In October, 2008, the Post’s Ellen Nakashima reported the jarring news that the Pentagon had discovered a rogue program infecting a classified network harboring some of the military’s most important secrets. Called “Agent.Btz,” it was described as the most serious breach of the U.S. military’s classified computer systems. Her story said:
The government’s top cyberwarriors couldn’t immediately tell who created the program or why, although they would come to suspect the Russian intelligence service, she wrote.
While Russia has not yet launched a military strike on Ukraine, reports over the weekend suggested that a sophisticated cyberattack using a program similar to Agent.BTZ has been underway for at least three years, intensifying sharply in the first few months of 2014 as the country descended into chaos.
The malware is unusually menacing, according to reports, and creepy in a literal sense, because of the way it snakes its way through networks.
It’s aptly named “Ouroburos”-after a mythological Greek serpent- and “it appears that the authors speak Russian,” said a study by GData Security Labs.
The incidence of its use in Ukraine was detected by BAE Systems Applied Intelligence, which described it in a report Friday entitled “The Snake Campaign.”
BAE researchers mapped a total of 56 attacks since 2010, 32 of them directed at Ukraine, with 14 of those occurring just this year.
“What this research once more demonstrates,” said a statement by Martin Sutherland, Managing Director, BAE Systems Applied Intelligence, “is how organized and well-funded adversaries are using highly sophisticated tools and techniques to target legitimate organizations on a massive scale. Although there has been some awareness of the Snake malware for some years, until now the full scale of its capabilities could not be revealed, and the threat it presents is clearly something that needs to be taken much more seriously.”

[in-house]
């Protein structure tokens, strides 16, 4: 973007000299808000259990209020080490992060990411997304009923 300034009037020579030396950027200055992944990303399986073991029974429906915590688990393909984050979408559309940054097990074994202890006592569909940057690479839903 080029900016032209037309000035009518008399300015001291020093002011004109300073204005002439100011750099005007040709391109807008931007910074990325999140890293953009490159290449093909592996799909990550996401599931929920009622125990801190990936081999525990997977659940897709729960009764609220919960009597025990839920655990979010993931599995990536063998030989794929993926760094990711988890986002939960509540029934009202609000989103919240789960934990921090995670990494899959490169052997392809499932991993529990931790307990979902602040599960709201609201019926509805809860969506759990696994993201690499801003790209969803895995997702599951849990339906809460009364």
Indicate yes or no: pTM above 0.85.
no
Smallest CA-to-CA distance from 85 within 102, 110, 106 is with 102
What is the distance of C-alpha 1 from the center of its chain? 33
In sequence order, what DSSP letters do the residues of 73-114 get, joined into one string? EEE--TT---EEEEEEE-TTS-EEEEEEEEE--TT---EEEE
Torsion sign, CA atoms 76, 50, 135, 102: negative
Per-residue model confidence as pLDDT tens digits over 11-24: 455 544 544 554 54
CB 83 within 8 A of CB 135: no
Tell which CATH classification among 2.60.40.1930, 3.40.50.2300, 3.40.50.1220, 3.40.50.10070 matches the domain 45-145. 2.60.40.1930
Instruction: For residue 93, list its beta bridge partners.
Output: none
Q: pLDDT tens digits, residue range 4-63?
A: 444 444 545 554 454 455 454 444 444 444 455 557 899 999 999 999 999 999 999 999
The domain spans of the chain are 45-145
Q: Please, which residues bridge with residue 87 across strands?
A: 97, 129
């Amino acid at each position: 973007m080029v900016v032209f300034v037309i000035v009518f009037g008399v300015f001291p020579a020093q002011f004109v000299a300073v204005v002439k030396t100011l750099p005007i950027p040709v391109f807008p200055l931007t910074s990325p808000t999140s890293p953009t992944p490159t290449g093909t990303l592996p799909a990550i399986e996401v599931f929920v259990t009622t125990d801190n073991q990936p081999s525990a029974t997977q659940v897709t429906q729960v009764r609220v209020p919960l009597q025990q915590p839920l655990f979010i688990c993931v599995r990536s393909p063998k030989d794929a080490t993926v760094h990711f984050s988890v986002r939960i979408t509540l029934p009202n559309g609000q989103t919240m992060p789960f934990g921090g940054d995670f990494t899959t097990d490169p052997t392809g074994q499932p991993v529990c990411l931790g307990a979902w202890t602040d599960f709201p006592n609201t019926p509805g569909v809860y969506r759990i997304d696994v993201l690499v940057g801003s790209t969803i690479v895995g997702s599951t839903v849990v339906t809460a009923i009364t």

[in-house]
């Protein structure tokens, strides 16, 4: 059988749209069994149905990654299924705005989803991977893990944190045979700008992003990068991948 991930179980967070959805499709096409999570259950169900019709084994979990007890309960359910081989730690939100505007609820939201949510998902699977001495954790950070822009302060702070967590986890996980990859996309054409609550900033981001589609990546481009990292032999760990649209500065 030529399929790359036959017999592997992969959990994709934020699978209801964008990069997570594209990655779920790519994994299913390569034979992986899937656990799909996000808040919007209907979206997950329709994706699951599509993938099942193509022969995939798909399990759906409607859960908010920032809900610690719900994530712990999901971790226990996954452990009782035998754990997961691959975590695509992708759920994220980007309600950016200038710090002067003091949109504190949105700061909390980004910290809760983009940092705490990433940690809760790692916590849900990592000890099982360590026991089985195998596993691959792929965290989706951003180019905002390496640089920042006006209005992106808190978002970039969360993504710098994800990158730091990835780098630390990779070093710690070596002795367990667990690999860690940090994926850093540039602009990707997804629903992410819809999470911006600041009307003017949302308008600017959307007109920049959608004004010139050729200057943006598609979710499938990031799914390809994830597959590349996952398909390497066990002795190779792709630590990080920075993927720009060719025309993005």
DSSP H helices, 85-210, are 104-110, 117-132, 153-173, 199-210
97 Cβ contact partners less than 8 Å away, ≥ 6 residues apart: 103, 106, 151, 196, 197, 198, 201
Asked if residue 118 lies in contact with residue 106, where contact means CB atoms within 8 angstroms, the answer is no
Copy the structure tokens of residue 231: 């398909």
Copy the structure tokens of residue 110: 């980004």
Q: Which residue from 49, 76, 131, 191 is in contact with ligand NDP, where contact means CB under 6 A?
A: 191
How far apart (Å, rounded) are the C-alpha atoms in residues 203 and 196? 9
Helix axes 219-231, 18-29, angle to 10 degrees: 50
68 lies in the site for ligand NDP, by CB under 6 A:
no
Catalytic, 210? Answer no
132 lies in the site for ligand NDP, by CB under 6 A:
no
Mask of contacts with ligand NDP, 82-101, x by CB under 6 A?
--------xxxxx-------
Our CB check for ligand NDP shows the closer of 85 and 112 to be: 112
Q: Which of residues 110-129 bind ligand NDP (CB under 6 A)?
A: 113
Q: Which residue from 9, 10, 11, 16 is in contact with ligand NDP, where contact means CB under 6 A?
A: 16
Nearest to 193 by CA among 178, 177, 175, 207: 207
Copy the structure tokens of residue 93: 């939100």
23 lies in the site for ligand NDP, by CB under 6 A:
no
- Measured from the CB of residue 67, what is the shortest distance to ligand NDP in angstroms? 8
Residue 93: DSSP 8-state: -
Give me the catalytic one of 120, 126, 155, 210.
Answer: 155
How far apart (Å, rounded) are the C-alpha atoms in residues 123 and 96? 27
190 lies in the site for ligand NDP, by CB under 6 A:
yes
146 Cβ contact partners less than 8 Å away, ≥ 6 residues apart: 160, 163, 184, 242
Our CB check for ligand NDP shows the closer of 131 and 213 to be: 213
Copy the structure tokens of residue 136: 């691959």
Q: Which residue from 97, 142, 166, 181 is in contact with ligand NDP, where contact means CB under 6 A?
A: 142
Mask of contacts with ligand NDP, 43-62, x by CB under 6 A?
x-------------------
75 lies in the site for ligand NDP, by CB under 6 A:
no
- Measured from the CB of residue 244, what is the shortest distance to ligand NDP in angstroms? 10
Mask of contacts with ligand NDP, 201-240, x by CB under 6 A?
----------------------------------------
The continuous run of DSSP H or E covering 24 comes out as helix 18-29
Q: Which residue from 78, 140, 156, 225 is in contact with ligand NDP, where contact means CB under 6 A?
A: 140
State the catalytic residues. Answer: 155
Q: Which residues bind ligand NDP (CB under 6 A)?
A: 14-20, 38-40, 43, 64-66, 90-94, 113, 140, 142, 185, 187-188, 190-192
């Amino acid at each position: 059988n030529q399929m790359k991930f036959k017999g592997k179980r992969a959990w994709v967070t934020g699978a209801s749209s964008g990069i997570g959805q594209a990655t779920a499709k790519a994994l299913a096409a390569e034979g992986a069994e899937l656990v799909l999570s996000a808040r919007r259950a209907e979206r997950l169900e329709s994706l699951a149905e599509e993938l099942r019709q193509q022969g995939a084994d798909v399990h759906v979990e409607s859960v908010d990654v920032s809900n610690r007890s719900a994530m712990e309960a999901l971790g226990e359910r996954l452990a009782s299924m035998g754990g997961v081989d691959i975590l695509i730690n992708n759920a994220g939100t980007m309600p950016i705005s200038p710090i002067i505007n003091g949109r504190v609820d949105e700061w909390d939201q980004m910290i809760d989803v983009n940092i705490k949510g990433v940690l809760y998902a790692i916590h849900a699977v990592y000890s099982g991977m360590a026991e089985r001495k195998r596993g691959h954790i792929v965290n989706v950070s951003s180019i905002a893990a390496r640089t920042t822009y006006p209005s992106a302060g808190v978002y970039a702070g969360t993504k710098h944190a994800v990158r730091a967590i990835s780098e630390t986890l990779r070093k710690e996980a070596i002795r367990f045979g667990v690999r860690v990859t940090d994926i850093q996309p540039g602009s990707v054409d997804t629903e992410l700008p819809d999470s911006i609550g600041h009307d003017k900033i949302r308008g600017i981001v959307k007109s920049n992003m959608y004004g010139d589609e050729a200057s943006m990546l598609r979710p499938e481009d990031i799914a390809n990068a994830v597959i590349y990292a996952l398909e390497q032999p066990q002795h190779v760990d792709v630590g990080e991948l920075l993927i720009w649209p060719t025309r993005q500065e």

The Financial Times’ Sam Jones, called it “one of the most sophisticated attacks” in recent years….Experts say it is comparable in its complexity with Stuxnet, the malware that was found to have disrupted Iran’s uranium enrichment programme in 2010. Jones writes:
“The cyber weapon has been deployed most aggressively since the start of last year ahead of protests that climaxed two weeks ago with the overthrow of Viktor Yanukovich’s government. Ouroboros gives its operators unfettered access to networks for surveillance purposes. But it can also act as a highly advanced “digital beachhead” that could destroy computer networks with wide-ranging repercussions for the public.”
None of the reports or stories explained what specific damage, if any, the Snake has inflicted in Ukraine. But its potential to disrupt or cripple government and private-sector installations–from power plants to military systems-is clear.
It’s able to take control of an infected machine, execute arbitrary commands and hide system activities, according to the GData report, and “can steal information (most notably: files) and it is also able to capture network traffic.”